South-South Cooperation refers to the exchange of resources, know-how and technology between countries in the Global South. While this transfer is still limited compared to North-South exchanges, it holds much potential for the development of shared economic, political and security objectives. The following examples from Lagos, Nairobi, Mumbai, Bogotá and Rio de Janeiro include a West African railway project and cooperation between Andean nations to restore historic urban centers. Visit URB.im to learn more and join the discussion.
The governments of Nigeria and Ivory Coast are currently looking into building a railroad connecting Lagos and Abidjan. The project is expected to boost trade relations between the two countries and in the West African region in general. The construction of this rail line will also boost the West African transportation sector, and allow for the consideration of other forms of transportation within Lagos, thus providing solutions for the traffic-laden city. It will open Nigeria to other West African states through more affordable and safer rail routes.
The Kenyan federation of slum dwellers, Muungano wa Wanavijiji, has partnered with Shack/Slum Dwellers International, the organization improving the living conditions of informal settlements across the globe. Connecting regional and global networks of slum residents' organizations will ensure that best practices are shared to help marginalized urban communities take inspiration from the work of SDI and its partners. For example, Muungano traveled to Uganda to attend the 9th SDI East African Hub Meeting, hosted by the Ugandan federation of slum dwellers, to discuss and develop an integrated national slum upgrading strategy.
In Mumbai, city planners have looked east for models used by cities facing similar challenges. The idea of "Shanghai-ing" Mumbai has been one of the most talked-about examples, but more effort is being made all over the country to share best practices across more local borders. PRIA, a Delhi-based research institute, has initiated the process of South-South sharing through a program called "Deepening Local Democratic Governance through Social Accountability in Asia." PRIA invited city leaders from Bangladesh and Cambodia to learn from Indian examples and share ideas from their own cities. The immediate goal is to improve democratic practices through social accountability for the provision of basic services to poor families in Rajshahi, Bangladesh and Takhmao, Cambodia.
Bogota's historic center has suffered from gradual but steady decay during the last few decades. Bogotá is not alone in this process: many other Latin American cities have faced similar issues with their historic districts. The government has therefore been able to explore other successful solutions adopted in neighboring countries -- experts from Lima, Guatemala and Bahía dos Santos (Brazil) have already been consulted. And conversely, Bogotá was recently invited to Lima to participate in the 4th Cultural Landscape conference, organized by the Peruvian cultural ministry. Latin America offers excellent examples of historical urban centers' rehabilitation, such as Lima and Quito, so Bogotá is showing foresight in seeking cooperation with its neighboring cities as it prepares its own conservation and rehabilitation plan.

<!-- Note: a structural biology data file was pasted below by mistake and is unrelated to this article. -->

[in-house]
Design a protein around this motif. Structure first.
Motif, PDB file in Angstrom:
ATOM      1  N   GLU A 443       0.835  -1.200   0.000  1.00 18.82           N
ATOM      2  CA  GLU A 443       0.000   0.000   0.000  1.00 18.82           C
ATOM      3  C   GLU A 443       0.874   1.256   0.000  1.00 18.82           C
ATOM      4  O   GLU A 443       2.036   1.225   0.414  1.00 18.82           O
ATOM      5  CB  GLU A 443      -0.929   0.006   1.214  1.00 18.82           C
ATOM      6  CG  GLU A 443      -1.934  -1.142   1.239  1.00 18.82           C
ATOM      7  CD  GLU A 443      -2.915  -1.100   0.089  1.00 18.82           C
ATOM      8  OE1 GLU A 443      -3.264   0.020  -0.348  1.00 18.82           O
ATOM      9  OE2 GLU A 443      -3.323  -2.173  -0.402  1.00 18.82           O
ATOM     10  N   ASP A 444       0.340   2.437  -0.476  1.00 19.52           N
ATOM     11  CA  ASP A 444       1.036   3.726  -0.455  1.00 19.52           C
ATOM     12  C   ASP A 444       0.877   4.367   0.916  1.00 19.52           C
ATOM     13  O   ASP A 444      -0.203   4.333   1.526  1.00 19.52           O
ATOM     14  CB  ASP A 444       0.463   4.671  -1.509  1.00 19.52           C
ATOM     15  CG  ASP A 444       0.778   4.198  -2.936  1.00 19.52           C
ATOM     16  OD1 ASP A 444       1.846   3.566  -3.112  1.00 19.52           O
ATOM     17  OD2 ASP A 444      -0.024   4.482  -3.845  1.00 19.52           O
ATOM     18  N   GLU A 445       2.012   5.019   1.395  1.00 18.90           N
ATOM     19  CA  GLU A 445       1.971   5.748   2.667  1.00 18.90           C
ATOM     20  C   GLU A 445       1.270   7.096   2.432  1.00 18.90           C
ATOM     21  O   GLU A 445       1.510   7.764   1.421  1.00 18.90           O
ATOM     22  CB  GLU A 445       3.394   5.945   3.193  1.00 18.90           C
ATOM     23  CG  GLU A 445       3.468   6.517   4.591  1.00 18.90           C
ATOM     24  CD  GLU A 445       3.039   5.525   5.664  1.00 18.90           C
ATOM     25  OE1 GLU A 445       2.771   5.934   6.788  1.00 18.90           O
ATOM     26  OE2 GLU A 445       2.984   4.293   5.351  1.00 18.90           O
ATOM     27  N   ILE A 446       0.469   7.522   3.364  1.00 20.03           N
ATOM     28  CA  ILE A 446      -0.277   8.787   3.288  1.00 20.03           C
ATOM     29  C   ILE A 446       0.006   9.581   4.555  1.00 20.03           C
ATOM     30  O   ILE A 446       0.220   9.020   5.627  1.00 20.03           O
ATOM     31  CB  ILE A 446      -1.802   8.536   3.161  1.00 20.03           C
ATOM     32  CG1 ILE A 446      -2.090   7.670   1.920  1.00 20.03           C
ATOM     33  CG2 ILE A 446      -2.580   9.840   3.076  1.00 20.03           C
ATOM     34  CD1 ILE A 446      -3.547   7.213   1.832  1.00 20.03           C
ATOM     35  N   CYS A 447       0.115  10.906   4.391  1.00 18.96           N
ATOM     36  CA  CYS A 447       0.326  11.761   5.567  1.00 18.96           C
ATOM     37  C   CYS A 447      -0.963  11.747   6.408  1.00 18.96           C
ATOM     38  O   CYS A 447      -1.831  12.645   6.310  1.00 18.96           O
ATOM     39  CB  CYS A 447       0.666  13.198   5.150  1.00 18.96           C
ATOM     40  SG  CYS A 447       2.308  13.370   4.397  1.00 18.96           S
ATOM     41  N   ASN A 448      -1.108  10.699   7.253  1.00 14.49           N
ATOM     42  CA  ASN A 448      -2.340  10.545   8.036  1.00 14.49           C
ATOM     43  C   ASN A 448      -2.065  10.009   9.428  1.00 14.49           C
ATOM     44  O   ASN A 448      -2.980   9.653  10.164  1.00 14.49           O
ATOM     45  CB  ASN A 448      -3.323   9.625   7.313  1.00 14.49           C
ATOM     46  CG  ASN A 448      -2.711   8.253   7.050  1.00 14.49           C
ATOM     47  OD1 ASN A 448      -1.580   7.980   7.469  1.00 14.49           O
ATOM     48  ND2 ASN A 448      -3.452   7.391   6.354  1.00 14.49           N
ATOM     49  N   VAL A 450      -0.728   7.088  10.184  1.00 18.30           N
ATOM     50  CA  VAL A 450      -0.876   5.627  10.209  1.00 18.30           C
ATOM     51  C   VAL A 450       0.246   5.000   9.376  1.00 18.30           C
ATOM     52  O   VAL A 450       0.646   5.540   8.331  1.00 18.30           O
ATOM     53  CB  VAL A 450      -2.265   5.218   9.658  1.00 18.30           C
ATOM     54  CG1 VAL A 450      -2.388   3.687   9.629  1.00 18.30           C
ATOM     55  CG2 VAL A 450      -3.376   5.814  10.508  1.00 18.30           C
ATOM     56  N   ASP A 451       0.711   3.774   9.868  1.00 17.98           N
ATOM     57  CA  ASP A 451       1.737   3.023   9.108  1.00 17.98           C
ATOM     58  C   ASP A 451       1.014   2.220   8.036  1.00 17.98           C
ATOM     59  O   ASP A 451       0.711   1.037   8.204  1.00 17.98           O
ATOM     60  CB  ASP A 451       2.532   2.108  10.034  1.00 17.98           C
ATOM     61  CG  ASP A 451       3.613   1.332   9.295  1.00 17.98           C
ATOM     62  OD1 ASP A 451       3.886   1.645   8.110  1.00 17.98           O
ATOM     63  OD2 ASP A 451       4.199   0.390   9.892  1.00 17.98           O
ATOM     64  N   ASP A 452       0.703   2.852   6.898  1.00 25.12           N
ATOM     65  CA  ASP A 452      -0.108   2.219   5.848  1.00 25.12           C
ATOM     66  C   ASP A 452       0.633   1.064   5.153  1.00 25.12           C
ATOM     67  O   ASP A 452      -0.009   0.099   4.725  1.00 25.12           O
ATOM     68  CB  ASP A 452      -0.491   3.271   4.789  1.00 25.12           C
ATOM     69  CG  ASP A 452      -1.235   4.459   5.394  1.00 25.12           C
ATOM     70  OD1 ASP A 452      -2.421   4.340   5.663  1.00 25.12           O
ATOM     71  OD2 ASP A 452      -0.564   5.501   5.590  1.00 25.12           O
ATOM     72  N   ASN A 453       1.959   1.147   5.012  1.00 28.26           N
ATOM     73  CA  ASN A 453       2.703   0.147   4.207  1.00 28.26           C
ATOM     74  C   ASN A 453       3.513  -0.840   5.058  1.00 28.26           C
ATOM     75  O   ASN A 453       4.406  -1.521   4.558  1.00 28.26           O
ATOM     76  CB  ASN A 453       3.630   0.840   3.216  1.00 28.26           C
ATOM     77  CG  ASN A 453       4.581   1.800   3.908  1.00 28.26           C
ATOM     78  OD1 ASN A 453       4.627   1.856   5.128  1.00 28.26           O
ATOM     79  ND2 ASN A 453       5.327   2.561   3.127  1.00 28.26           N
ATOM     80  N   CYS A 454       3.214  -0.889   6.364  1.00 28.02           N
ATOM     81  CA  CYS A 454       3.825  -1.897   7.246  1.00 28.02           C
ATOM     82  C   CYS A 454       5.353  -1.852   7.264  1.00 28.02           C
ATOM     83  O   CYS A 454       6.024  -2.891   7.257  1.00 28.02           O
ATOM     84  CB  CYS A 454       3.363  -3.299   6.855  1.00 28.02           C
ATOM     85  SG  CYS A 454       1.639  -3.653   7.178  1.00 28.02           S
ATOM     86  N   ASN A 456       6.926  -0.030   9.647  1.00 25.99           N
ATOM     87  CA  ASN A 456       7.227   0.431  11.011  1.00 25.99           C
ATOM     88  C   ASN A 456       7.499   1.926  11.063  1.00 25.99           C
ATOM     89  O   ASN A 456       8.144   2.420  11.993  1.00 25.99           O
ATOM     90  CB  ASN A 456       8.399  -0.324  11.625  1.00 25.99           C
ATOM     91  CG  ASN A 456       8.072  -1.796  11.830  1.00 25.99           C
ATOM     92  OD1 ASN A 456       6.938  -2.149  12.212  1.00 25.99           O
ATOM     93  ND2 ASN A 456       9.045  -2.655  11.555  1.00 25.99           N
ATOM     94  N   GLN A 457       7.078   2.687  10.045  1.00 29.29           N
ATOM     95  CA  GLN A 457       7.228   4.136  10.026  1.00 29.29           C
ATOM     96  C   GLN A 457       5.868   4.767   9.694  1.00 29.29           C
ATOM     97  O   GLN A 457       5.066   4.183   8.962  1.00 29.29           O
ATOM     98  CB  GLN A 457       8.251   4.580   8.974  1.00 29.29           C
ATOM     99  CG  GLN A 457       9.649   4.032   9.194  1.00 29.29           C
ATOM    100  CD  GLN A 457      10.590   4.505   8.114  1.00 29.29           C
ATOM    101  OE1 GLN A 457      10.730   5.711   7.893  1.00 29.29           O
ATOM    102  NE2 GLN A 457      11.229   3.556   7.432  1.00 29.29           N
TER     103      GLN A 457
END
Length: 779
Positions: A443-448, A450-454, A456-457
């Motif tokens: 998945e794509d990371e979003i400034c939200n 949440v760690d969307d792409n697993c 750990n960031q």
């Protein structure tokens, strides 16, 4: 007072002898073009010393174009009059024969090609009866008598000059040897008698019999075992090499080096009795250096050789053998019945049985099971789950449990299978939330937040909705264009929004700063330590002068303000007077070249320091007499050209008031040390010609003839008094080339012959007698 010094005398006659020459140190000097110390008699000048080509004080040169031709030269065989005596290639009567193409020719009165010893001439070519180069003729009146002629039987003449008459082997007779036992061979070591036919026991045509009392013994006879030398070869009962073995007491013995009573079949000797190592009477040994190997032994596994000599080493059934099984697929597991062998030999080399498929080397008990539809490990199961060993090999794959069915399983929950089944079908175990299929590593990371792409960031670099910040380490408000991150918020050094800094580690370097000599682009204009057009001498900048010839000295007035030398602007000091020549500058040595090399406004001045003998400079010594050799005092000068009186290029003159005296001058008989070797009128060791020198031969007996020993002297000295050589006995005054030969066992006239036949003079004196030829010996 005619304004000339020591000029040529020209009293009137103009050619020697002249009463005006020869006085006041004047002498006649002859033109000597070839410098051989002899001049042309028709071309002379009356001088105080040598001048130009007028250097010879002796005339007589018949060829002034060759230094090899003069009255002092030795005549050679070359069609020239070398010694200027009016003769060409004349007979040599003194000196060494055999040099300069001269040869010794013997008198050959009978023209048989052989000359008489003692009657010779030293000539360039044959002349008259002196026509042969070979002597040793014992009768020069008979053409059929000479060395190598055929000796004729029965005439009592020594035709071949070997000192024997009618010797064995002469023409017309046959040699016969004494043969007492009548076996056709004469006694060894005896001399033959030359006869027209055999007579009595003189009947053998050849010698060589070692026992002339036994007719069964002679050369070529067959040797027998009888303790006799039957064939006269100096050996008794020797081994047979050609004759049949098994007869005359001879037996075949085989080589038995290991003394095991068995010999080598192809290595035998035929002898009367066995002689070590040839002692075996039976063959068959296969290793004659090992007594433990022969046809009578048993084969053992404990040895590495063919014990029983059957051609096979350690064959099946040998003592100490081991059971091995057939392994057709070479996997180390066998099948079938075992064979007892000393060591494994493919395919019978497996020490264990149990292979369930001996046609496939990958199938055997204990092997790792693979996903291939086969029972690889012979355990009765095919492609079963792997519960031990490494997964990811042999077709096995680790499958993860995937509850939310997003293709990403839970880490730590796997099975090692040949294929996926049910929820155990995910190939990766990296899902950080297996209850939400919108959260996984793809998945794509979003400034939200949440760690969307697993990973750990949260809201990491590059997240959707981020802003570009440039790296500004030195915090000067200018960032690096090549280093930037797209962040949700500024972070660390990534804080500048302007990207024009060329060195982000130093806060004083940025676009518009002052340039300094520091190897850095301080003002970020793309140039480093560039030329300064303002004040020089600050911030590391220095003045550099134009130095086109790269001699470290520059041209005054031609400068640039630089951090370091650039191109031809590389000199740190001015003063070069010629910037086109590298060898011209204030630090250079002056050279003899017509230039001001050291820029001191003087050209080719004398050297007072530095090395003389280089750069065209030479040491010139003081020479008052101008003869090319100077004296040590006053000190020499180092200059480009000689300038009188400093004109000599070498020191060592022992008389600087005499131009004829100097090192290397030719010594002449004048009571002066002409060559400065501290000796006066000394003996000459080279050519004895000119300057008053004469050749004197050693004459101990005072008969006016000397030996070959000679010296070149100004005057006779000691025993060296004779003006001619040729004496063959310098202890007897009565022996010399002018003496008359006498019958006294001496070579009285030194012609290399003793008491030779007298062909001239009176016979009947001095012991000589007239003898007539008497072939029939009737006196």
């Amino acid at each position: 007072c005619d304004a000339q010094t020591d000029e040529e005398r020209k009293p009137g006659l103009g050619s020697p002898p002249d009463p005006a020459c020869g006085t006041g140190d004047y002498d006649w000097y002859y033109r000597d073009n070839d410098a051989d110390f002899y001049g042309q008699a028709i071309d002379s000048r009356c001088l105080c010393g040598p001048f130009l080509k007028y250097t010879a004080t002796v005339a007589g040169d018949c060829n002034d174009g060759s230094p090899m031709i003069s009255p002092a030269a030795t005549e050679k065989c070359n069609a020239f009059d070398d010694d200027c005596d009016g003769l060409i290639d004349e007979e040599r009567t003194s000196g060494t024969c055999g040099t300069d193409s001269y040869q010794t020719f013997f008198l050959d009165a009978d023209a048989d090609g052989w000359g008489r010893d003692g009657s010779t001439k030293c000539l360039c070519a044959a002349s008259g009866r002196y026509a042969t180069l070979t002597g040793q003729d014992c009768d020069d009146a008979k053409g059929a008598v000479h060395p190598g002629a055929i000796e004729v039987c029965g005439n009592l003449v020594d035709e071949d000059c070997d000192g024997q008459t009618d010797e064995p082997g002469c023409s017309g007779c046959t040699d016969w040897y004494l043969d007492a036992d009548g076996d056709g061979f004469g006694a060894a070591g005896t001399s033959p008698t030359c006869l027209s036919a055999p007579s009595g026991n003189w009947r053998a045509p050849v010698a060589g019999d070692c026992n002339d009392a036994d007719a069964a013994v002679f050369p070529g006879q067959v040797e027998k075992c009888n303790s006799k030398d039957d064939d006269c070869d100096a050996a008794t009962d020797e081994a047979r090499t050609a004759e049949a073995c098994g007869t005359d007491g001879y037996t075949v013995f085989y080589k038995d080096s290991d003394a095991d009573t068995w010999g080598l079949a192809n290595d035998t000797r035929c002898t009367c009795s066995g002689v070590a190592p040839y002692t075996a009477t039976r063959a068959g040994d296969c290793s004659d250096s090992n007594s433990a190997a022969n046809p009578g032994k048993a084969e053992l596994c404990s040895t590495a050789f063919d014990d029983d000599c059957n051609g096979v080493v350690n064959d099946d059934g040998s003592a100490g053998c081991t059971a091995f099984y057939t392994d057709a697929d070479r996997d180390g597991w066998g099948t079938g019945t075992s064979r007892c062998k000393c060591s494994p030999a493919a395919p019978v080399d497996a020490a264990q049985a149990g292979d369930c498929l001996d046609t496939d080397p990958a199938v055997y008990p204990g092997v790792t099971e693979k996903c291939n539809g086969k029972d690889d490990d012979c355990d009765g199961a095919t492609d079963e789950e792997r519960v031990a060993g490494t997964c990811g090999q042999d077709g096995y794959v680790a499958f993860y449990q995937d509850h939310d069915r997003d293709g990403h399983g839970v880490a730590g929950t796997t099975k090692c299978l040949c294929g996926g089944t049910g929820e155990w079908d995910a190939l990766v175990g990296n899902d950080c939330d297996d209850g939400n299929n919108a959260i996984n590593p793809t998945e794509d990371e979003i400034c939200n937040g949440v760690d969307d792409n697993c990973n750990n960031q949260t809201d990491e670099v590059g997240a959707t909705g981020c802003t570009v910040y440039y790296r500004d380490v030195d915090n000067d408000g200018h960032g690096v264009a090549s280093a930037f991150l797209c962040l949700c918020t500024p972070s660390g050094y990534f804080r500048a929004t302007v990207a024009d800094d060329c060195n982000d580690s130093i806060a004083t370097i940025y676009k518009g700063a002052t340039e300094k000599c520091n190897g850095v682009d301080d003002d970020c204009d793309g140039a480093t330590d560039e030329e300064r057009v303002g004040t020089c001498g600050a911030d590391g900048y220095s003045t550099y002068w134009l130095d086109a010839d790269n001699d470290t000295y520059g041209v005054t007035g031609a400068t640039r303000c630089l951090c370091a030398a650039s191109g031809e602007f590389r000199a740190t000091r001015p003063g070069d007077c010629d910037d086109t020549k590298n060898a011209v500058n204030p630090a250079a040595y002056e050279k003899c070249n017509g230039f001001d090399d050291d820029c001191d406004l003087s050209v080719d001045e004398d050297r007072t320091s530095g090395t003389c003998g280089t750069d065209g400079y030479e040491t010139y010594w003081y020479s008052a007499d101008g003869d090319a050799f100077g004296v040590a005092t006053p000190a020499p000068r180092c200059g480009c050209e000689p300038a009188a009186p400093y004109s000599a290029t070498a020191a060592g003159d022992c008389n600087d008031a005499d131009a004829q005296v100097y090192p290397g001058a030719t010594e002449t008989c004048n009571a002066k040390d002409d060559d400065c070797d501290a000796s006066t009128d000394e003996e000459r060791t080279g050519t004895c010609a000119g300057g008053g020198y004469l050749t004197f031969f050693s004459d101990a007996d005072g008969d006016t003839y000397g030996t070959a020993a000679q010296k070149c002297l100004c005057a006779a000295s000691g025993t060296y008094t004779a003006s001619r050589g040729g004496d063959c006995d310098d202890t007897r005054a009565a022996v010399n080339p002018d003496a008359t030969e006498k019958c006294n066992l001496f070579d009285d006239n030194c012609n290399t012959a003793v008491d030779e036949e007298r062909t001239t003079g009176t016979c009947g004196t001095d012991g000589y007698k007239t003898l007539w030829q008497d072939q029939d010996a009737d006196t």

In recent years, Brazil has become an international point of reference with respect to social policies and programs. The conditional cash transfer program Bolsa Familia currently benefits 13 million families and is an intervention that many countries are interested in learning about. To support technical cooperation among countries and to promote Brazil's experience in social protection policies and programs, the Ministry of Social Development has arranged a series of meetings and field visits for various policy-makers from all around the world. They learn about the Bolsa Familia's legislation and key features, such as the unified registry system of social programs and the innovative implementation scheme that relies heavily on municipalities. Most of the demand for technical assistance currently comes from African countries interested in implementing them in their own contexts.
Clearly, international cooperation between countries from the Global South helps advance economic, social and political goals. Visit URB.im to learn more and join the discussion.
Photo credit: Nairaland and Pedro Szekely